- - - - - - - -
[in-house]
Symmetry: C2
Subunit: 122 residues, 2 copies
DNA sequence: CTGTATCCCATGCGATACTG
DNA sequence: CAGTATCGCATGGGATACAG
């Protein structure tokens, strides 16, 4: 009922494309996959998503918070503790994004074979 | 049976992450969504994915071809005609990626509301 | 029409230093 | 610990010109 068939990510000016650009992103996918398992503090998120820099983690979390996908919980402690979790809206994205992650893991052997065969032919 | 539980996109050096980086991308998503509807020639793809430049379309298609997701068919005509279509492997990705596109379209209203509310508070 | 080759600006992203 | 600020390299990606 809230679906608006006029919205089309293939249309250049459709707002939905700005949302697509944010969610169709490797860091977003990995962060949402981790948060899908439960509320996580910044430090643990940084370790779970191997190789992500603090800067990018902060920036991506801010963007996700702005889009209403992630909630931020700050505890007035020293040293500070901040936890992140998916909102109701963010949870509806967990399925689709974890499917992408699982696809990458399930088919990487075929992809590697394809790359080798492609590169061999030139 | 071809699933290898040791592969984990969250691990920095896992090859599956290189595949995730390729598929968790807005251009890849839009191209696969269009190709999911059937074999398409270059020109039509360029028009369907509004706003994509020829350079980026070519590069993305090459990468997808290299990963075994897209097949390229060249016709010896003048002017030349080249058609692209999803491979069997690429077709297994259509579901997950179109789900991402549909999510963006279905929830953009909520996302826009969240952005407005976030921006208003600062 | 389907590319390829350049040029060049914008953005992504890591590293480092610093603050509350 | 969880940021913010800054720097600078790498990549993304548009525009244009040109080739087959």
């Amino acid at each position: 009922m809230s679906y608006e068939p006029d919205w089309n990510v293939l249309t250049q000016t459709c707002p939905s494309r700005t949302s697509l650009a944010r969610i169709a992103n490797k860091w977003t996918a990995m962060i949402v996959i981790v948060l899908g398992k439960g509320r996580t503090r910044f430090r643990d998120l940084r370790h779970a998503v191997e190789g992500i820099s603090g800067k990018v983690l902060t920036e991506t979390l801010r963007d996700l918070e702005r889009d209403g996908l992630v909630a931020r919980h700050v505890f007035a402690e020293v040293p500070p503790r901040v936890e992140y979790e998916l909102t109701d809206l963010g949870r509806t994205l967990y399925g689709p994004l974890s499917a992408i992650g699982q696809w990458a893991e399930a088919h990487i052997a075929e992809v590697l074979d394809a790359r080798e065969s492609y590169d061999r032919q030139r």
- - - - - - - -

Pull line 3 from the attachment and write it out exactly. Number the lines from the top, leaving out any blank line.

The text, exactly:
Subunit: 122 residues, 2 copies